See for more details www.changjiangunlimited.com (search for spacer)
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  5. #5 Re: 1600km with the Chang sidecar in Southwest China 
    Duct tape savant felix's Avatar
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    Hi Andre, thanks for the tip! I actually have some spacers on my bike, they are thinner but i have three of them on each side which adds up to about the same, but the problem still happens.

    Interestingly, it only happens in very hot weather when i stop. If i keep driving it doesn't happen, but if i stop for more than a few minutes they overheat and then i have to either wait 20 minutes or run on half choke until they cool down again. So i cannot wait for the boiling summer to try this sock trick!
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  6. #6 Re: 1600km with the Chang sidecar in Southwest China 
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    Day 1 & 2

    On the way to YangShou



    First peek at the bikes from the Hotel room



    Meet up in Guilin



    Packing



    Ready to go



    Beware of the locals in rural China

    Last edited by andre555; 02-13-2011 at 08:28 AM.
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  7. #7 Re: 1600km with the Chang sidecar in Southwest China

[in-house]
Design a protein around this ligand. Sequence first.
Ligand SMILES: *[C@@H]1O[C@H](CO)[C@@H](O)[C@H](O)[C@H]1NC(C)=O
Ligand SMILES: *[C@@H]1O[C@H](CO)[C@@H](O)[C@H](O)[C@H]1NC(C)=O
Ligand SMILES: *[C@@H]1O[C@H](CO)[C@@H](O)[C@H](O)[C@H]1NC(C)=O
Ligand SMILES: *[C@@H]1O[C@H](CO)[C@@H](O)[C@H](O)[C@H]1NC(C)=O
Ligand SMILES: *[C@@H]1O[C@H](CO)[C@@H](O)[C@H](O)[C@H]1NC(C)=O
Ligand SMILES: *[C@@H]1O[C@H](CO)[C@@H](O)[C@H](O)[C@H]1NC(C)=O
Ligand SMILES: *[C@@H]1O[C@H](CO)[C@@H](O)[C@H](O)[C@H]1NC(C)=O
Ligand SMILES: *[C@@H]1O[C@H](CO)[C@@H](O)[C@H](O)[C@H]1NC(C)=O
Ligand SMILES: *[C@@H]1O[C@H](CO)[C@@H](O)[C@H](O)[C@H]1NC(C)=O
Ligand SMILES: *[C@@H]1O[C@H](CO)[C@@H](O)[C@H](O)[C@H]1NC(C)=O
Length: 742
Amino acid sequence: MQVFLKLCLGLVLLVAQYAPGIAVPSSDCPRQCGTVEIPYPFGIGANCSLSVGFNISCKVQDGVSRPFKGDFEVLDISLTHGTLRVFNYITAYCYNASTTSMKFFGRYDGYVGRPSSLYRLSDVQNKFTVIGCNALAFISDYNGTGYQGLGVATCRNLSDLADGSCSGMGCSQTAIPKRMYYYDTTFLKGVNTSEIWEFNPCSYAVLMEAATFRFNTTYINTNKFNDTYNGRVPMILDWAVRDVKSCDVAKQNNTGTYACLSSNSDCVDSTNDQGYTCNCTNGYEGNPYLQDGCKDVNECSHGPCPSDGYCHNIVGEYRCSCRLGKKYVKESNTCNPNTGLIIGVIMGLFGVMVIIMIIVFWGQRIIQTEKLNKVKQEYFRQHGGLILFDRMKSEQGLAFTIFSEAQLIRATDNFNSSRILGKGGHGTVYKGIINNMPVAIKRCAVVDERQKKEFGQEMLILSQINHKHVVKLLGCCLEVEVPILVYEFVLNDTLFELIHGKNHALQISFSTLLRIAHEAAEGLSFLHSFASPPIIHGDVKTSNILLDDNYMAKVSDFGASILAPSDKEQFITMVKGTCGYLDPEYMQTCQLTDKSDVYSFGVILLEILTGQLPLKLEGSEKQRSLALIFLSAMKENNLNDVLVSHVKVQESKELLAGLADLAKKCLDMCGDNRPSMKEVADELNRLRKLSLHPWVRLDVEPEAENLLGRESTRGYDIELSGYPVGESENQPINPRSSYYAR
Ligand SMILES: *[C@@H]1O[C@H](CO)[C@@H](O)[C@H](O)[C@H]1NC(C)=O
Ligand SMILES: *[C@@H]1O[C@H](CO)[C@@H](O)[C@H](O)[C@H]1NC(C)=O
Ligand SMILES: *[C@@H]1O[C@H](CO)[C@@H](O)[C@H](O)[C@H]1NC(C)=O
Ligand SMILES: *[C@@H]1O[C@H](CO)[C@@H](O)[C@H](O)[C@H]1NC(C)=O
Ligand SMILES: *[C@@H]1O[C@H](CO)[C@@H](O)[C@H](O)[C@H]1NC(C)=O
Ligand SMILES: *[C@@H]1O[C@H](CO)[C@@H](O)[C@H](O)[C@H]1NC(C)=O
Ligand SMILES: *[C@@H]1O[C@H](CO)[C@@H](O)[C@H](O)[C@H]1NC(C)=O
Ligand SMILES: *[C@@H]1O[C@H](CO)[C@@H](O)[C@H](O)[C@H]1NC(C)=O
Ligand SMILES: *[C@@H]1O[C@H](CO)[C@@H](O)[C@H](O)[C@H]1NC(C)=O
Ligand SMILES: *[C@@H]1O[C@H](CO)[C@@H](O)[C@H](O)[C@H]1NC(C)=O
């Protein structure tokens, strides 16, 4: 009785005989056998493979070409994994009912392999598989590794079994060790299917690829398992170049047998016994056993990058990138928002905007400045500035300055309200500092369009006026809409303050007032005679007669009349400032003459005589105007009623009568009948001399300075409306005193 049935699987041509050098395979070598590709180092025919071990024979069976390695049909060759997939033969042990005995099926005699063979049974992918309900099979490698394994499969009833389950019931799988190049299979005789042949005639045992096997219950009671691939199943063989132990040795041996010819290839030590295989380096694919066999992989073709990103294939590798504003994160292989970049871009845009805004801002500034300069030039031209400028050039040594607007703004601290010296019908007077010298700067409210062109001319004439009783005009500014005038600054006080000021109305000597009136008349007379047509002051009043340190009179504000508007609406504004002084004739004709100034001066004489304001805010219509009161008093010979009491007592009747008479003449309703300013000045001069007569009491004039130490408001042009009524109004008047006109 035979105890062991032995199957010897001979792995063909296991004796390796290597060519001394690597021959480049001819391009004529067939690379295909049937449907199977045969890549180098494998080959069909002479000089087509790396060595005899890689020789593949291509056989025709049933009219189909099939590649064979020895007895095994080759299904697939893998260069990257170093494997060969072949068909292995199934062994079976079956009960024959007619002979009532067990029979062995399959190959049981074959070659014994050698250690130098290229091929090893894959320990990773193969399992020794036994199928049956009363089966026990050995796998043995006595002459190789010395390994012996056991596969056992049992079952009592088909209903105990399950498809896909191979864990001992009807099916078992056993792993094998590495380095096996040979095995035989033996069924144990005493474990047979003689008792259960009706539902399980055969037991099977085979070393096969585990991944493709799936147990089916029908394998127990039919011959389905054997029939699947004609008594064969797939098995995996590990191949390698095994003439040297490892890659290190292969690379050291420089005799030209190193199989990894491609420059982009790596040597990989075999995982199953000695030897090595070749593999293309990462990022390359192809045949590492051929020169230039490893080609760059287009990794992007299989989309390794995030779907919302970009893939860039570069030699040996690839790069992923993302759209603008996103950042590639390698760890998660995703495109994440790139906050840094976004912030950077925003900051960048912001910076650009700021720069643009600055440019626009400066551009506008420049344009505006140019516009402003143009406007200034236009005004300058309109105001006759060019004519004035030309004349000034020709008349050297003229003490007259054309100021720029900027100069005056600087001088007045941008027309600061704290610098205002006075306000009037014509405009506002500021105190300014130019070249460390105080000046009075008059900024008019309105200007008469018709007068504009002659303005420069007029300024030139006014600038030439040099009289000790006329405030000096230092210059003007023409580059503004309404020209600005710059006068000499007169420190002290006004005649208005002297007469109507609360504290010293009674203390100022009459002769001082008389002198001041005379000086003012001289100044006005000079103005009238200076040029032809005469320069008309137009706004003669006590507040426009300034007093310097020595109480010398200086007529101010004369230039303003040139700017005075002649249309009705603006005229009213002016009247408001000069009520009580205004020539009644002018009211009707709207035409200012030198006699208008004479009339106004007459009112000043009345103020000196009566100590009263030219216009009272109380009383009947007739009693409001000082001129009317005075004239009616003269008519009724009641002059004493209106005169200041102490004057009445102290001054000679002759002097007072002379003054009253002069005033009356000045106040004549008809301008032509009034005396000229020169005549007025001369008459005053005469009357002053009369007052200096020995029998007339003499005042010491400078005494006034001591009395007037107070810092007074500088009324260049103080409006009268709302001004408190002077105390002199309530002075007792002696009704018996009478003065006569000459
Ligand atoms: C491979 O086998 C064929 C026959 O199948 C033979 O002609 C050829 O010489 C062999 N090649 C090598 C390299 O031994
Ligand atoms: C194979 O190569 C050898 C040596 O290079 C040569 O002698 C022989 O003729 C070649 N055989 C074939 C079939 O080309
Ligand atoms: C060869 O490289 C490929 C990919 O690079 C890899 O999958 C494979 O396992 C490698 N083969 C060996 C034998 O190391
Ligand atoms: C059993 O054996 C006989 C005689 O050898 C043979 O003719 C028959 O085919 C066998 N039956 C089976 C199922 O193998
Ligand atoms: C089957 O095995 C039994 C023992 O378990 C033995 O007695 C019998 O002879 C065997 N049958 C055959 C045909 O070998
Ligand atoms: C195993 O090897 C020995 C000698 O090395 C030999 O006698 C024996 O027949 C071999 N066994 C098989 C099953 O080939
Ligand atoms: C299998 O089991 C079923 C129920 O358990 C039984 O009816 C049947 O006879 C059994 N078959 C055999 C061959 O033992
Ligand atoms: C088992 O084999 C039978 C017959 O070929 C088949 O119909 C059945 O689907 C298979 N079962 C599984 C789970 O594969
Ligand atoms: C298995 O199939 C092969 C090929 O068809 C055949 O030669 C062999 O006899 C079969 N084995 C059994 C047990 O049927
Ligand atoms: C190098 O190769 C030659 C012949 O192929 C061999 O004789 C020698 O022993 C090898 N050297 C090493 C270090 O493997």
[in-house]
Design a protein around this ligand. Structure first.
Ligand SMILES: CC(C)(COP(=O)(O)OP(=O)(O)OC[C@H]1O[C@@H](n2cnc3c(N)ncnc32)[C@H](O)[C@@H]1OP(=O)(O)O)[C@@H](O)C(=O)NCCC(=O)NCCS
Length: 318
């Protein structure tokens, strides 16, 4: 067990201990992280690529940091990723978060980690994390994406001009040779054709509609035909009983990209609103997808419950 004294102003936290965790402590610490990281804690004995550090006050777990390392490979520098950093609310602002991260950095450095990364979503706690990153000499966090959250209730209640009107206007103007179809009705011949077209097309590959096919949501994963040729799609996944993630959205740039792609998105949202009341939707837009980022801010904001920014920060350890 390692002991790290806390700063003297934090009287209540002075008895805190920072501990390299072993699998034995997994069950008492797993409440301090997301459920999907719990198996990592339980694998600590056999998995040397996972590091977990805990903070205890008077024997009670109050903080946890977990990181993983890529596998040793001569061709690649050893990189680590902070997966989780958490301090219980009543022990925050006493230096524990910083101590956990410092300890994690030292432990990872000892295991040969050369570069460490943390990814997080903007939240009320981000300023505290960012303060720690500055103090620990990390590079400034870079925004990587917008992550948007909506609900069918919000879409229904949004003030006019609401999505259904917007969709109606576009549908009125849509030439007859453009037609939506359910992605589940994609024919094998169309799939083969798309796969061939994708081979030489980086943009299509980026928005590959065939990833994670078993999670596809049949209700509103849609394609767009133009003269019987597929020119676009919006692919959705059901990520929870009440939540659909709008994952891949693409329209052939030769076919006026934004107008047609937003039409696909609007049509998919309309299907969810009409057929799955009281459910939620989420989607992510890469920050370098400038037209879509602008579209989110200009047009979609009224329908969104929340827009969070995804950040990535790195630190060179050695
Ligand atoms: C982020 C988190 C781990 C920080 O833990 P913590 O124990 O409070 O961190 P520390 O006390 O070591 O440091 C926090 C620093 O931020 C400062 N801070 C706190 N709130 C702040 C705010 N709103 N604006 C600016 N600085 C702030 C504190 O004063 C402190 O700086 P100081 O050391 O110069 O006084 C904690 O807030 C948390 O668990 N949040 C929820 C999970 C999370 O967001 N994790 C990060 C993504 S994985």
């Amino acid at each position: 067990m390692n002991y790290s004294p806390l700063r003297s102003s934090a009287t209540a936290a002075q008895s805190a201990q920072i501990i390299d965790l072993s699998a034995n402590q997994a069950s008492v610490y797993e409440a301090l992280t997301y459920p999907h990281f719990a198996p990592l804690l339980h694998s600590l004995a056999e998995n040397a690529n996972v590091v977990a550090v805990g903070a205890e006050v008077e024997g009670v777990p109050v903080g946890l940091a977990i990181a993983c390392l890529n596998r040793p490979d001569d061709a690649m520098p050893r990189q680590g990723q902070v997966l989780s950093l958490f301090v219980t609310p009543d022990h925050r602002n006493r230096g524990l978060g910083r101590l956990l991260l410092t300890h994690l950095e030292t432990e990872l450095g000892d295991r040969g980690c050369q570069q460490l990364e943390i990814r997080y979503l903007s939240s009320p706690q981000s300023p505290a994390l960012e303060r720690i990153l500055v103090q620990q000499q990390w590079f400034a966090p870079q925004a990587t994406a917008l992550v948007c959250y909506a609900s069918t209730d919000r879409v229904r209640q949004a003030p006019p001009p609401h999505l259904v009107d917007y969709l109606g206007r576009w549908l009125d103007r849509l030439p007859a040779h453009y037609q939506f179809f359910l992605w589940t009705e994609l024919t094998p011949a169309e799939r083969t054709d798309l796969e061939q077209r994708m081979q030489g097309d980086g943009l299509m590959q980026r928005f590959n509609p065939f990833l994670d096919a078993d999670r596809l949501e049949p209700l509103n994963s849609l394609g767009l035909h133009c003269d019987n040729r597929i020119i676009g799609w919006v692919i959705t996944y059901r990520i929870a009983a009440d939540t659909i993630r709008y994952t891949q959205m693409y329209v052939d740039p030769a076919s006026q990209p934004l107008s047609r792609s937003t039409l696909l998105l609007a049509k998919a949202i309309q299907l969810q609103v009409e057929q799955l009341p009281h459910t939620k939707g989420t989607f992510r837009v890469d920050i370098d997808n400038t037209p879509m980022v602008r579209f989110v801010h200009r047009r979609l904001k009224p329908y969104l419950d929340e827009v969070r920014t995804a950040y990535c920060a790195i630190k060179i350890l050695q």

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    Random Riding & landscape Pictures of the first days…















    Last edited by andre555; 02-13-2011 at 08:30 AM.
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  8. #8 Re: 1600km with the Chang sidecar in Southwest China 
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    Lunch Day 1









    Last edited by andre555; 02-13-2011 at 08:31 AM.
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  9. #9 Re: 1600km with the Chang sidecar in Southwest China 
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    Fireworks everywhere in RongShen



    Bike fixing at the Hotel


    Last edited by andre555; 02-13-2011 at 08:32 AM.
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  10. #10 Re: 1600km with the Chang sidecar in Southwest China 
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    Day 3
    Parking in HeChi



    Mass incident in HeChi



    Save and tasty Coffee



    Navigator



    Somebody has known he will take the Orange Bike


    Last edited by andre555; 02-13-2011 at 08:33 AM.